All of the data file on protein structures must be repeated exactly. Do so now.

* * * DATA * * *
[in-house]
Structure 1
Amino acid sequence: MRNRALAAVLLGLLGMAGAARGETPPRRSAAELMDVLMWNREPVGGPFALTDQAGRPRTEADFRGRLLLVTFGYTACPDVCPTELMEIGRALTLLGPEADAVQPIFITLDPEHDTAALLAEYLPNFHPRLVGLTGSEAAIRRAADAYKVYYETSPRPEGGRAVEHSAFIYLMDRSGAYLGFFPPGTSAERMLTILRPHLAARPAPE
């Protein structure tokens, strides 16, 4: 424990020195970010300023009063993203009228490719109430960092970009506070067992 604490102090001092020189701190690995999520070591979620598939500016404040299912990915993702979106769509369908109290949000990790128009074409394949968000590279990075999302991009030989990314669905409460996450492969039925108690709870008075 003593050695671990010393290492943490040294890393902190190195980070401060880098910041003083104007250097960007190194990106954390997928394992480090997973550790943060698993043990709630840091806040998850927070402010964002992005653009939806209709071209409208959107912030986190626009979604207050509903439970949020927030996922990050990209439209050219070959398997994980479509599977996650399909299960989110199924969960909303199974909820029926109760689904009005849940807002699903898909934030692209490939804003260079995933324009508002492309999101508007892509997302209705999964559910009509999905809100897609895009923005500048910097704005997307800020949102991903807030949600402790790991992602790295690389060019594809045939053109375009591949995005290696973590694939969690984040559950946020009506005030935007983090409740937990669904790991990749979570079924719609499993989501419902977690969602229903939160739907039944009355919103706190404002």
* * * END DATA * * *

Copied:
[in-house]
Structure 1
Amino acid sequence: MRNRALAAVLLGLLGMAGAARGETPPRRSAAELMDVLMWNREPVGGPFALTDQAGRPRTEADFRGRLLLVTFGYTACPDVCPTELMEIGRALTLLGPEADAVQPIFITLDPEHDTAALLAEYLPNFHPRLVGLTGSEAAIRRAADAYKVYYETSPRPEGGRAVEHSAFIYLMDRSGAYLGFFPPGTSAERMLTILRPHLAARPAPE
């Protein structure tokens, strides 16, 4: 424990020195970010300023009063993203009228490719109430960092970009506070067992 604490102090001092020189701190690995999520070591979620598939500016404040299912990915993702979106769509369908109290949000990790128009074409394949968000590279990075999302991009030989990314669905409460996450492969039925108690709870008075 003593050695671990010393290492943490040294890393902190190195980070401060880098910041003083104007250097960007190194990106954390997928394992480090997973550790943060698993043990709630840091806040998850927070402010964002992005653009939806209709071209409208959107912030986190626009979604207050509903439970949020927030996922990050990209439209050219070959398997994980479509599977996650399909299960989110199924969960909303199974909820029926109760689904009005849940807002699903898909934030692209490939804003260079995933324009508002492309999101508007892509997302209705999964559910009509999905809100897609895009923005500048910097704005997307800020949102991903807030949600402790790991992602790295690389060019594809045939053109375009591949995005290696973590694939969690984040559950946020009506005030935007983090409740937990669904790991990749979570079924719609499993989501419902977690969602229903939160739907039944009355919103706190404002």